– Obviously, profitability is the first thing an investor is interested in. But non-financial reporting factors are becoming important now; they were not taken into account before, for example company’s focus on sustainable development or adoption of carbon neutrality strategy, as the climate change affects everyone today. For very large financial institutions, profitability is no longer an absolute priority. Therefore, the whole world is trying to find ways to compensate for the decline in profitability in order to prevent uncontrolled climate change. The only way to offset this decline is to trade CO2 certificates through cross-border carbon regulation mechanisms like CBAM in the EU. That is why we have been trying to convey to our partners and clients since 2005 that only the launch of a CO2 trading mechanism in Russia and its full harmonization with the EU ETS (Emission Trading System) will be able to provide additional profitability.

O&C: For which European projects in the energy sector will green taxonomy be the primary incentive? Will it speed up any investment decisions?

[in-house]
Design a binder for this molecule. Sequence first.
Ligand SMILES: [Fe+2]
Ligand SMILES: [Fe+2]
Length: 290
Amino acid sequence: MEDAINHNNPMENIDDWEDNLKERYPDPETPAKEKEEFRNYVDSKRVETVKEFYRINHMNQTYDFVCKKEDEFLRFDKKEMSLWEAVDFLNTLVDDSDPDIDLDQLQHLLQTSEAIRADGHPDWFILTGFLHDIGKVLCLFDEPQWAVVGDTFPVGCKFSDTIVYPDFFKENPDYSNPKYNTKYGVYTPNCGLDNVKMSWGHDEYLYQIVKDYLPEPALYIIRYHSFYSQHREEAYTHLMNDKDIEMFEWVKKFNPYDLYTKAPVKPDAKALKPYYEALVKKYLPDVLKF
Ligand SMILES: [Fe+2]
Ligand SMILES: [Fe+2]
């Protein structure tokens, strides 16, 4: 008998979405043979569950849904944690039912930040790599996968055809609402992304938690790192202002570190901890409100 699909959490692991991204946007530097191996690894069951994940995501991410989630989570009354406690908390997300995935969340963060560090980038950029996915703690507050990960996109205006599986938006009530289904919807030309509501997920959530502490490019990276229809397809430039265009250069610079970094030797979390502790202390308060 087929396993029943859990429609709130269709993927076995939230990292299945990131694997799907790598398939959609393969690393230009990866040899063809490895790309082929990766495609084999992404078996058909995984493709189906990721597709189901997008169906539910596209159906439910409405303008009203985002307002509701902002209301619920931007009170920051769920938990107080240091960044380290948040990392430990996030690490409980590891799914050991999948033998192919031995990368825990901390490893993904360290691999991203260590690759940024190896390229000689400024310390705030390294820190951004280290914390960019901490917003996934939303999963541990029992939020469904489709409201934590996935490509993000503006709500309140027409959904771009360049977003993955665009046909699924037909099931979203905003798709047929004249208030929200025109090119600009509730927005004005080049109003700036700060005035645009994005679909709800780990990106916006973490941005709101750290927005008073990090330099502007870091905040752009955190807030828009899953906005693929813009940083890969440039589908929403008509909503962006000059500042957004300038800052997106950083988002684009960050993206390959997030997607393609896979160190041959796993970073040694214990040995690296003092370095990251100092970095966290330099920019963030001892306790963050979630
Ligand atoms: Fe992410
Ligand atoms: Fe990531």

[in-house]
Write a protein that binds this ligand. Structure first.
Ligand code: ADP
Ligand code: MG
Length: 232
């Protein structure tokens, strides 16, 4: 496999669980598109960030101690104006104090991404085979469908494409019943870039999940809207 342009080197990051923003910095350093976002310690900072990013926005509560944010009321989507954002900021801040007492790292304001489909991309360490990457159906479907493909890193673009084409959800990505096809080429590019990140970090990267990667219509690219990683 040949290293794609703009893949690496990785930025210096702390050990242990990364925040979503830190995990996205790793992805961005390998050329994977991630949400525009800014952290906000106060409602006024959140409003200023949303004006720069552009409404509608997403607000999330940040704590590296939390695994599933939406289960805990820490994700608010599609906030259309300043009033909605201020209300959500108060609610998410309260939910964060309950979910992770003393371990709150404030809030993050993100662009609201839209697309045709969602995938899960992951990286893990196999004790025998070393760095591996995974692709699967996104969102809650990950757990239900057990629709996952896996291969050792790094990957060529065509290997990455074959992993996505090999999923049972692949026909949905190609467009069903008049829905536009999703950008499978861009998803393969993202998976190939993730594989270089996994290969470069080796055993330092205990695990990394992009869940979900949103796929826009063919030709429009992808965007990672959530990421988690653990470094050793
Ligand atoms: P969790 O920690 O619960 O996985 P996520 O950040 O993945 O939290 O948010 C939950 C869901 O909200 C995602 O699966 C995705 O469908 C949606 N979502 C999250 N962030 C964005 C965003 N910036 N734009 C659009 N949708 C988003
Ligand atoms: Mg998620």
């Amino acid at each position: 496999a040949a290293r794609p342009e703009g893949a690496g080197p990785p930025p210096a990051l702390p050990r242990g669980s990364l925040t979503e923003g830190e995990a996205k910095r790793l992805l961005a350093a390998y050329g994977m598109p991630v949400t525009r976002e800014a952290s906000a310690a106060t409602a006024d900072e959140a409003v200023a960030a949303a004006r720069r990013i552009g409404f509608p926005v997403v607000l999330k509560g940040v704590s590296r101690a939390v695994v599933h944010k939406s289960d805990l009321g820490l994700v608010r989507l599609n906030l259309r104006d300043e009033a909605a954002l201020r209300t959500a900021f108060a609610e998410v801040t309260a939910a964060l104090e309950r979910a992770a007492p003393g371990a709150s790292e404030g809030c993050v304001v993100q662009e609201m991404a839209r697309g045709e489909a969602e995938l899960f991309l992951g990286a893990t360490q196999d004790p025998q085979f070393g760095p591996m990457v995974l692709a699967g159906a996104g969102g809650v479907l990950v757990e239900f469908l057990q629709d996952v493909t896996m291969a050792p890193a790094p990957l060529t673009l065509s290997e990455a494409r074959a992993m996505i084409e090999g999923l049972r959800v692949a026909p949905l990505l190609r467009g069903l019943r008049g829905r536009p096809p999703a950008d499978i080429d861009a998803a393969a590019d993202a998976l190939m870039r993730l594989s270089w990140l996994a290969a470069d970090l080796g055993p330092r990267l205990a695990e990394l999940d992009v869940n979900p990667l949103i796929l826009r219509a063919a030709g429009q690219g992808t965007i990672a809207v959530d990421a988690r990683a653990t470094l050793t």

– Hydrogen will benefit the most compared to other products, being a more environmentally friendly and cross-industry product that can complement the arsenal of traditional energy carriers. This is precisely the task for hydrogen, rather than to replace certain types of fuel. In addition, green hydrogen is a semi-end product of wind and solar energy, which should monetize the overproduction of renewables. Therefore, a significant part of the efforts and financial flows will go toward the development of hydrogen projects, thanks to the green taxonomy. And again, Russia will benefit from this. Hydrogen in our country is anything but a new product; it has long been present in the production chains of petrochemical industry. Therefore, Russia will be able to produce and supply hydrogen of any international classification: yellow, blue, turquoise, gray, or green. However, until a major anchor partner for Russian hydrogen appears in the international energy market, the topic will remain “extremely promising”, though unprofitable due to the lack of sustainable demand. This will be the case until we have a comprehensive understanding of which regions of the world will develop local hydrogen production, how they will transport it, and what additional volumes of Russian hydrogen they will need.